RRC’s ‘State of the industry’

The Texas Railroad Commission held its 53rd annual ‘State of the Oil and Gas Industry’ round table earlier this month. On the agenda, some quixotic tilting at the regulator, warnings of demographic doom and a pat on the back for the RRC’s new web-based electronic permitting system ECAP.


Mark Baxter (Maguire Energy Institute) painted a bleak picture of the US domestic oil and gas industry. Industry is in denial over the labor shortage. “A tight market is here today, and our actions are nurturing a further breach of the talent pool.” The domestic industry lost more than a half a million jobs during the oil shocks of the 70’s and 80’s. Today the average age of employees with the majors is 49 and average retirement age is 55. While the computer has brought substantial productivity gains, these have masked the underlying trend. These gains are not sustainable and “future improvements in efficiency will not offset the impending loss of senior expertise that will continue over the next 5-8 years”.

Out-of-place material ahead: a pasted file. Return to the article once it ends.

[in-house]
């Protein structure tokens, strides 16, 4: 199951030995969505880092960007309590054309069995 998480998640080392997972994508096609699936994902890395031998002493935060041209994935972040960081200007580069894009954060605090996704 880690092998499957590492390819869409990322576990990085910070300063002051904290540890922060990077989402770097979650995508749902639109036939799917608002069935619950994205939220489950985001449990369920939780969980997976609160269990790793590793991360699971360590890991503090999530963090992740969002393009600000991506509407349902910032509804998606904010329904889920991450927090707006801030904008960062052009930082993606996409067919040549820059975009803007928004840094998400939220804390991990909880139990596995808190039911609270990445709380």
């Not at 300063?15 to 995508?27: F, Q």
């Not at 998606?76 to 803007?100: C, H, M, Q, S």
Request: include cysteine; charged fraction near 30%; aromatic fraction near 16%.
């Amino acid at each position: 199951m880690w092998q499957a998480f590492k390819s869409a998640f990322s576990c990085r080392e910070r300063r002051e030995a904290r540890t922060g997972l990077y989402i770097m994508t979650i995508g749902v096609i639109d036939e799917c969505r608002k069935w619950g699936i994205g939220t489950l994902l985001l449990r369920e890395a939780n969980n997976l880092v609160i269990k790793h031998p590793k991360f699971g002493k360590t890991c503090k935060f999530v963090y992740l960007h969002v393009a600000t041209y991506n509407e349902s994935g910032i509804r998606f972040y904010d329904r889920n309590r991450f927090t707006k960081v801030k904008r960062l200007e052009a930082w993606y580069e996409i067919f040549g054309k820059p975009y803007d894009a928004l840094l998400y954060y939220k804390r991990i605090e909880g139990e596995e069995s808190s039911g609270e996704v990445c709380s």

Paul Covert, President of the National Association of Royalty Owners believes that the real state of our industry is one of disrespect and distrust. “From ExxonMobil to Scooter Gibson’s East Texas Mom & Pop Producer, the public thinks we are out to destroy the air and land and reap obscene profits”. Covert asks “why are we not telling them the truth?” He believes there is there is no cleaner fuel today in quantities enough to supply the “enormous energy appetite of the American people.” Education is needed to redress the balance in favor of the oil industry.


Frank Henry of Baker Engineering echoed Baxter fears on the employment situation. Baker is faced with a growing demand for personnel while the supply of skilled workers in all disciplines dwindles. A ‘talent war’ is being fought between companies. This has increased personnel turnover and caused wage escalation. The answer—according to Henry—is better personnel planning and cooperation between industry, educational entities and government agencies.


Mary Ann Pearce (ConocoPhillips) applauded the Commission’s new ECAP web based electronic permitting system. ECAP received a “best of Texas” award from the Center for Digital Government. Pearce reports that the ability to file permits with the Commission and retrieve information electronically has been an important factor in reducing costs and in making quality data available to the public. The Commission has filed about one third of all electronic drilling permits to date.

This article originally appeared in Oil IT Journal 2002 Issue # 12.

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